Why do I have swollen ankles after sunburn?
I went to the beach a few days ago and got extreme sunburn (no blisters) on my legs and feet. I woke up today and my ankles and feet are swollen. Could the sunburned skin be the cause of the swelling?
Swelling after a sunburn is a common problem, that often occurs if you have been on your feet more than usual. However, it can have a range of causes from mild to serious, and therefore should be evaluated by a physician. When you go to your doctor's appointment, be prepared to discuss the following possibilities. If the ankle swelling started just after the sunburn, it may be due to an inflammatory reaction as the skin tries to heal. A sunburn is a first degree burn but it still causes local inflammation and pain. As the body mounts an inflammatory response, the capillaries in the area dilate and become leaky. This process can cause localized edema and swelling, which usually resolves on its own over time. However, not every sunburn causes this reaction, so if yours is severe, you should see a physician. Swollen ankles and feet can also be due to lymphedema. Lymph fluid travels up through vessel and is filtered through the lymph nodes of the body. Any issue with the lymph nodes or vessels in your leg can cause the fluid to pool in lower areas of the leg. If you have ever had lymph nodes in your abdomen, pelvis, or legs removed or irradiated, you should see a doctor very soon. Another possible cause of your problem, is your body retaining too much fluid overall, which can be manifested as swollen ankles and feet. This condition, called pitting edema, can affect people who have problems with their heart, liver, or other body systems. When fluid builds up in the legs, it can also build up in the lungs and other critical organs, so it is important to have this issue evaluated immediately. It is not possible to know if your ankle/foot swelling is due to your recent sunburn or a more serious cause without being seen by a doctor. I strongly recommend that you make an appointment to see your primary care doctor, and he or she can refer you to a specialist if this becomes necessary.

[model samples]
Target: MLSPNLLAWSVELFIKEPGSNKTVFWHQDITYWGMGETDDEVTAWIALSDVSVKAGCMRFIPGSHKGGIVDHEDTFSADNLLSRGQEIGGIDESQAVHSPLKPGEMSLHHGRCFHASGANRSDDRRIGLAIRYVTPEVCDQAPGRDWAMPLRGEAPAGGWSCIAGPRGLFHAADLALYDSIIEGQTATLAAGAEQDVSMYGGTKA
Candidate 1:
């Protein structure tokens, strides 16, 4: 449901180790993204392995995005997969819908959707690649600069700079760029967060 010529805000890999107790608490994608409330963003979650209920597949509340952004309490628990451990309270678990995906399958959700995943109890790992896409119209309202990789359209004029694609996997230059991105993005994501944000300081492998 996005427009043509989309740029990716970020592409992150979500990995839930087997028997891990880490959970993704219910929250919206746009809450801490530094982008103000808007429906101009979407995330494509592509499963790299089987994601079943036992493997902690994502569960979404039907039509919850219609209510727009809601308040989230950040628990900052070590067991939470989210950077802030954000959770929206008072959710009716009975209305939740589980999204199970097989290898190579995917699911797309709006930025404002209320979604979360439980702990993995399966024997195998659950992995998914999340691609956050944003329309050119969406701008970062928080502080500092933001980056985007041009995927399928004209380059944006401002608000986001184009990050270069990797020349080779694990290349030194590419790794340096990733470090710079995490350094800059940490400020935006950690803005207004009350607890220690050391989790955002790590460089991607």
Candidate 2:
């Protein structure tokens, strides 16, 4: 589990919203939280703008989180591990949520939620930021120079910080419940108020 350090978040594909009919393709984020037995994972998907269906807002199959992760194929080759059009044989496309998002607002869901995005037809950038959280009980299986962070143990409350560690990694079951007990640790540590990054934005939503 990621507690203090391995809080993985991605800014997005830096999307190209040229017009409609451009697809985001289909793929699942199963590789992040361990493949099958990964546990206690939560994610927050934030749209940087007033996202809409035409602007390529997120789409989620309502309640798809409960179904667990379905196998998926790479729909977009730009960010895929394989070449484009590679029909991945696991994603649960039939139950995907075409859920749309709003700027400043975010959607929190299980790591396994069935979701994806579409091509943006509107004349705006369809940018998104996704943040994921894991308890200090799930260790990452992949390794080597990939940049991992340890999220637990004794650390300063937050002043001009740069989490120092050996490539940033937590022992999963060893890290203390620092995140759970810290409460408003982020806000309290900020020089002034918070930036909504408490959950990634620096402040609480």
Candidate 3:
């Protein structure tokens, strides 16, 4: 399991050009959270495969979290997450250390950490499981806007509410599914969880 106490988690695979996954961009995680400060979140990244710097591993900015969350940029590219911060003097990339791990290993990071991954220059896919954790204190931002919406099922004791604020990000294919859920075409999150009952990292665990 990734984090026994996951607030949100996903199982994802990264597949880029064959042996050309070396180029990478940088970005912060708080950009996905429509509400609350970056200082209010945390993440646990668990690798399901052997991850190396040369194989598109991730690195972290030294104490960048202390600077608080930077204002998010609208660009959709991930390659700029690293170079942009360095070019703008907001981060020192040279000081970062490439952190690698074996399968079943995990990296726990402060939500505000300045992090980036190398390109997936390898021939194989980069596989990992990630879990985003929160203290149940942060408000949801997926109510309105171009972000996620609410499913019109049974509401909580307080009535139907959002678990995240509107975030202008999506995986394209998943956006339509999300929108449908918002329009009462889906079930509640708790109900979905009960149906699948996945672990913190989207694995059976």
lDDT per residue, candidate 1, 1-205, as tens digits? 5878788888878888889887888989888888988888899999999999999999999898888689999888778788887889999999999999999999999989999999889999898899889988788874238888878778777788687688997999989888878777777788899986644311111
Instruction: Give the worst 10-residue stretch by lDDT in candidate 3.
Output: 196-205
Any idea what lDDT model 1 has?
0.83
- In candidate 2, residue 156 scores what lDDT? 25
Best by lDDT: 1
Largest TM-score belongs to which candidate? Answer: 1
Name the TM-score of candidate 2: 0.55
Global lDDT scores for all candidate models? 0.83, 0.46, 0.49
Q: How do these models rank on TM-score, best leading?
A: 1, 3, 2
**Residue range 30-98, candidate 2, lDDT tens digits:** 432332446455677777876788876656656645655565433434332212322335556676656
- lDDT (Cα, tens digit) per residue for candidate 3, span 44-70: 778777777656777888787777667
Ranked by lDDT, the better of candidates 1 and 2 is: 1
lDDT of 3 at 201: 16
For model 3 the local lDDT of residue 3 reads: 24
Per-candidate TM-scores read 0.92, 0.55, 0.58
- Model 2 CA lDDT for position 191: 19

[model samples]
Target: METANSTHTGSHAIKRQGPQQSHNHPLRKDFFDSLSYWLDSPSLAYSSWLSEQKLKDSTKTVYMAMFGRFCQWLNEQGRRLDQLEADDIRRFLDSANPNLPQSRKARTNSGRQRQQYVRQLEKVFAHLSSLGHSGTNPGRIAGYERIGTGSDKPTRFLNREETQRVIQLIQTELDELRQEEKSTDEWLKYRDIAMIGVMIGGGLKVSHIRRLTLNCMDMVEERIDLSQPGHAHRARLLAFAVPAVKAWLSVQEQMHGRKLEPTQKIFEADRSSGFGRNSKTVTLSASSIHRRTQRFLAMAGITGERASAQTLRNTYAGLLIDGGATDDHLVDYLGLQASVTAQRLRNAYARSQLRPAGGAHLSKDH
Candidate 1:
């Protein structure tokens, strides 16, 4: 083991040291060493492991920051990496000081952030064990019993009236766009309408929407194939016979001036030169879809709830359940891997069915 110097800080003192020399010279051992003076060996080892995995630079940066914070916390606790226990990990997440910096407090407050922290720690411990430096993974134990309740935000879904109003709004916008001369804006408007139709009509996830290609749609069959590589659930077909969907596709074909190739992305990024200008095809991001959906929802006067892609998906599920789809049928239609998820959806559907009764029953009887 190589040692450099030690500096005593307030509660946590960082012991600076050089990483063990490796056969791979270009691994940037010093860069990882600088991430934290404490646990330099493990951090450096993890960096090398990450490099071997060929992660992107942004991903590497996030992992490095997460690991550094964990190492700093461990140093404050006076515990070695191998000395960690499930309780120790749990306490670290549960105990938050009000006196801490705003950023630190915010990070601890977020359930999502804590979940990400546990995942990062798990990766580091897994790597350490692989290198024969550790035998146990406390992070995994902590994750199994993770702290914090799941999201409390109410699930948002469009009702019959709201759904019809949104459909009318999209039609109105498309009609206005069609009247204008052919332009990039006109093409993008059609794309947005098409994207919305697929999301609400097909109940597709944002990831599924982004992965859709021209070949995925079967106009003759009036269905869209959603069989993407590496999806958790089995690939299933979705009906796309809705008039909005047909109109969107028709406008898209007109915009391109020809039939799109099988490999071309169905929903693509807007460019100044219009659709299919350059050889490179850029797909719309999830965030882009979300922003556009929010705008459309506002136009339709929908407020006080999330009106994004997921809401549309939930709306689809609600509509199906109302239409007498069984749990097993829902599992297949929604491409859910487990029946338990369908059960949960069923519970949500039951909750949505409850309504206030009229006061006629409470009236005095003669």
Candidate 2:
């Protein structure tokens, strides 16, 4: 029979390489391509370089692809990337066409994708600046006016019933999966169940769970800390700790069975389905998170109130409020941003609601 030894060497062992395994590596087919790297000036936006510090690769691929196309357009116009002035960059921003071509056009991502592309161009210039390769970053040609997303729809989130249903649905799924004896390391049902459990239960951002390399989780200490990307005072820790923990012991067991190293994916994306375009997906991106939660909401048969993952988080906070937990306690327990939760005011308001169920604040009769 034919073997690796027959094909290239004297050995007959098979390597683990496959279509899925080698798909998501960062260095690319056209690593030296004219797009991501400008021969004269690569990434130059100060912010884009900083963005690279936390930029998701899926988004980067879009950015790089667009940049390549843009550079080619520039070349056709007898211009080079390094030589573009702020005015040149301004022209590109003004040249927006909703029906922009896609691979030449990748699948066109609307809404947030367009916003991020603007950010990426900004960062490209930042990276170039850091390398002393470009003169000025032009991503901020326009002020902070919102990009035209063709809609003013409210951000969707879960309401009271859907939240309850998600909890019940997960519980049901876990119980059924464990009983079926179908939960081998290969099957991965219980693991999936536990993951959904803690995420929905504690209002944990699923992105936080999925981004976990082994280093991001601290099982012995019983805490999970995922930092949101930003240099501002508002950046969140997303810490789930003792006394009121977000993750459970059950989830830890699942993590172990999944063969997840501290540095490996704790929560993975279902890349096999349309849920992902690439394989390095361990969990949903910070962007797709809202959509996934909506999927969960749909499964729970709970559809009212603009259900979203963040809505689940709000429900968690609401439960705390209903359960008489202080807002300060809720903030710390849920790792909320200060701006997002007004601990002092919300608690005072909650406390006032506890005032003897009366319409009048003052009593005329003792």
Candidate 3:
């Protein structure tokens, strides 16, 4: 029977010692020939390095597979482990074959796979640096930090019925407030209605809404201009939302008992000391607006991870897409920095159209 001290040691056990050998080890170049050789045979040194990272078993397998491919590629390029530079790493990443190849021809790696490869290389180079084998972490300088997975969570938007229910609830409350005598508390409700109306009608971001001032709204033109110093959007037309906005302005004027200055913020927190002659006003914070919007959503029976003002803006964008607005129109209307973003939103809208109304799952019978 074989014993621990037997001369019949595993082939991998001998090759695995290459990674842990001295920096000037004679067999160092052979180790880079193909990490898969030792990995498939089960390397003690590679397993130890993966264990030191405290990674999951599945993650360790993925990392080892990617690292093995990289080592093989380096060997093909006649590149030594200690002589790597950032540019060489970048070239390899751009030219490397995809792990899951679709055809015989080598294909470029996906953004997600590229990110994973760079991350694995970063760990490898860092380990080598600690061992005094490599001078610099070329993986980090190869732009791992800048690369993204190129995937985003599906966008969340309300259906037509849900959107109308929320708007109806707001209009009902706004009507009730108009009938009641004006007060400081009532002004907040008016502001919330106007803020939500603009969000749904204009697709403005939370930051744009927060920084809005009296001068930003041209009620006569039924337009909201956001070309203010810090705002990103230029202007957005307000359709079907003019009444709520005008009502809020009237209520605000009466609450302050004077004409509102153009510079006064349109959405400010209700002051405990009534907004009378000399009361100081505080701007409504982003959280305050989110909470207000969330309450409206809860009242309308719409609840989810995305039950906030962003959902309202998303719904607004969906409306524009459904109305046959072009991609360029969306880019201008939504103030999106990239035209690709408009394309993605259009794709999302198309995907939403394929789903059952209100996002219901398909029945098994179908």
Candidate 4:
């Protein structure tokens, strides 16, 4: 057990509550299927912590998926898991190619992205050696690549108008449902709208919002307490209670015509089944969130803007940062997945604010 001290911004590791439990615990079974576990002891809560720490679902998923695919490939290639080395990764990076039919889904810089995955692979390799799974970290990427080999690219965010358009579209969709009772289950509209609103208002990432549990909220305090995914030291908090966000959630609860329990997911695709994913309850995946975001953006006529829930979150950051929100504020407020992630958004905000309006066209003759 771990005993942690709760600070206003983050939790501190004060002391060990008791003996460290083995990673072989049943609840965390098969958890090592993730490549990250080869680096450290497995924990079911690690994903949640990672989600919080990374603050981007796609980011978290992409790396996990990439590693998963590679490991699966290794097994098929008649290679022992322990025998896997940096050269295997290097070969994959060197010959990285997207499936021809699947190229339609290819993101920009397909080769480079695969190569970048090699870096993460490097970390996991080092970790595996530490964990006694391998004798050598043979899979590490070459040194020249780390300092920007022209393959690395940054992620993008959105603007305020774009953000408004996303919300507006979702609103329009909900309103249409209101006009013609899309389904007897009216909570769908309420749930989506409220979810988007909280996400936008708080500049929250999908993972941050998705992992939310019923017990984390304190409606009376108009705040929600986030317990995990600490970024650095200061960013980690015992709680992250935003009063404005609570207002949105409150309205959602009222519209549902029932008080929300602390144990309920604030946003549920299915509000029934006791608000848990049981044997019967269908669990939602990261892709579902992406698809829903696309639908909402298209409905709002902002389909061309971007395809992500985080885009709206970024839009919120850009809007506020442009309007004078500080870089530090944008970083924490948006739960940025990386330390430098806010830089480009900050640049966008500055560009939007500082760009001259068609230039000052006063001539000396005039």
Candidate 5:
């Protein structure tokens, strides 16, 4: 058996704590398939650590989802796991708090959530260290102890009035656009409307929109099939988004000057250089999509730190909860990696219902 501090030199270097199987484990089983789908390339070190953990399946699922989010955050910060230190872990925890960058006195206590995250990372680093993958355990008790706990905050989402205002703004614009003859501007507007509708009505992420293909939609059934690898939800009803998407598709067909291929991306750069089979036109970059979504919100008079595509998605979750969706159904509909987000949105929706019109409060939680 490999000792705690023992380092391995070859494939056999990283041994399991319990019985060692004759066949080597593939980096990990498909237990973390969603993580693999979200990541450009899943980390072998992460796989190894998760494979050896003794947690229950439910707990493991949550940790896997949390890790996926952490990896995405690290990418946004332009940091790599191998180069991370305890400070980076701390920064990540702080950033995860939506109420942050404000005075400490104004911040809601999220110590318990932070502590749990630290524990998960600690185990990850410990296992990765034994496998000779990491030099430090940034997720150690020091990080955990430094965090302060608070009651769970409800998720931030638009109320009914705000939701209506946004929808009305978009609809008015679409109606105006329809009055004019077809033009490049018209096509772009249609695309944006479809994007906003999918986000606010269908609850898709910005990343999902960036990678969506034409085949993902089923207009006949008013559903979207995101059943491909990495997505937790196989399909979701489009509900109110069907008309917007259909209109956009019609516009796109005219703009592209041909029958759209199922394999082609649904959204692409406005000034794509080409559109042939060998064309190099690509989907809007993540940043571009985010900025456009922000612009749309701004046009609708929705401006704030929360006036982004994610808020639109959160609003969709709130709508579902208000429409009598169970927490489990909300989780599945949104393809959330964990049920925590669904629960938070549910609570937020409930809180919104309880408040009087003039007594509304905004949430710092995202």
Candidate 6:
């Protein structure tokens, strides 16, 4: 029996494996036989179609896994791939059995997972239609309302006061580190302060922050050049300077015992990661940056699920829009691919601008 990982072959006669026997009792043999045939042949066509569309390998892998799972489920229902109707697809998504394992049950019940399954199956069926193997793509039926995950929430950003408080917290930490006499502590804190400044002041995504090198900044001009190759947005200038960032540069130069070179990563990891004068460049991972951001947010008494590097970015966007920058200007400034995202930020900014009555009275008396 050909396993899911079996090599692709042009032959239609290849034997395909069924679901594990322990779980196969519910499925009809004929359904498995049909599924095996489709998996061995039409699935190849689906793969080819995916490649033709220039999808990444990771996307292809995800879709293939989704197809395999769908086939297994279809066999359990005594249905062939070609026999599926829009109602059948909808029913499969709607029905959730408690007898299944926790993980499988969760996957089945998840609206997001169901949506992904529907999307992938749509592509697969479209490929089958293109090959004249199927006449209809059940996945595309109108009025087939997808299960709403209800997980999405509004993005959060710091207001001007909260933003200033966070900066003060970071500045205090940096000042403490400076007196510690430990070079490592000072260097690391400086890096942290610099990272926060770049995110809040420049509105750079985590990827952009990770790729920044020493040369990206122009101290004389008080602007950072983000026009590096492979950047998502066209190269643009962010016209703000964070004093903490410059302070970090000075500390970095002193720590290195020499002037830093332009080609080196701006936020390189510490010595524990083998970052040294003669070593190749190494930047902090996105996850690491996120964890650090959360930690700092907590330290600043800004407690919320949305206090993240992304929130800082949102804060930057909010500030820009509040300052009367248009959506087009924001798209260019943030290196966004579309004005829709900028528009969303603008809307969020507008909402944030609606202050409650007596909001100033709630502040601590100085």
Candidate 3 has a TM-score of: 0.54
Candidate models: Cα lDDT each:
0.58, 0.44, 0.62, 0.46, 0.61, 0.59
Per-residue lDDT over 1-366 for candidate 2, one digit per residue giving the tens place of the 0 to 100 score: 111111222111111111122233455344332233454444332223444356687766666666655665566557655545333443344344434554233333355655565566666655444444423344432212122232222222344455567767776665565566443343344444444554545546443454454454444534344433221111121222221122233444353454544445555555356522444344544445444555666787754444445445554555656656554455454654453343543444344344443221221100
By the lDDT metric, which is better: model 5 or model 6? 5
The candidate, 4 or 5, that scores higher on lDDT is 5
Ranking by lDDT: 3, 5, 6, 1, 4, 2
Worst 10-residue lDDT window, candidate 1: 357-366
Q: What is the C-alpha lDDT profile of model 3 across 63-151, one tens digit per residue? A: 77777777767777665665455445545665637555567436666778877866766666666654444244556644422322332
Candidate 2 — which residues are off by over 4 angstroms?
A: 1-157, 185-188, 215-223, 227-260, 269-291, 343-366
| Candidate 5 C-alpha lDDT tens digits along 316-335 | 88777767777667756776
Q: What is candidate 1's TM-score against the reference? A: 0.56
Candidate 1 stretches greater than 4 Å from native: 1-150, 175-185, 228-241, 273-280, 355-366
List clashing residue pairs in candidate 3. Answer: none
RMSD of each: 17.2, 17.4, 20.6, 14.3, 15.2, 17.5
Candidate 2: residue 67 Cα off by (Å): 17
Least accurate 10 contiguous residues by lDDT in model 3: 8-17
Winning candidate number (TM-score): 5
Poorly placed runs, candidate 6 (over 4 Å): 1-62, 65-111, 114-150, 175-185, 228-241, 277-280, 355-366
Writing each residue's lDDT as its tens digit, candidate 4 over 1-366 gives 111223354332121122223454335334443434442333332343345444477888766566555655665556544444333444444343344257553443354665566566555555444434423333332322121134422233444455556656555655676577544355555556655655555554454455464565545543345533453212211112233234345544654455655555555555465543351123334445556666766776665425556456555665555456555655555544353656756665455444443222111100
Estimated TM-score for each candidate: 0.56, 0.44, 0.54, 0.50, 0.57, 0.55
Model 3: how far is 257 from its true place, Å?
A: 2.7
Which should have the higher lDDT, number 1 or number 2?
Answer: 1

This answer is for general informational purposes only and is not a substitute for professional medical advice.
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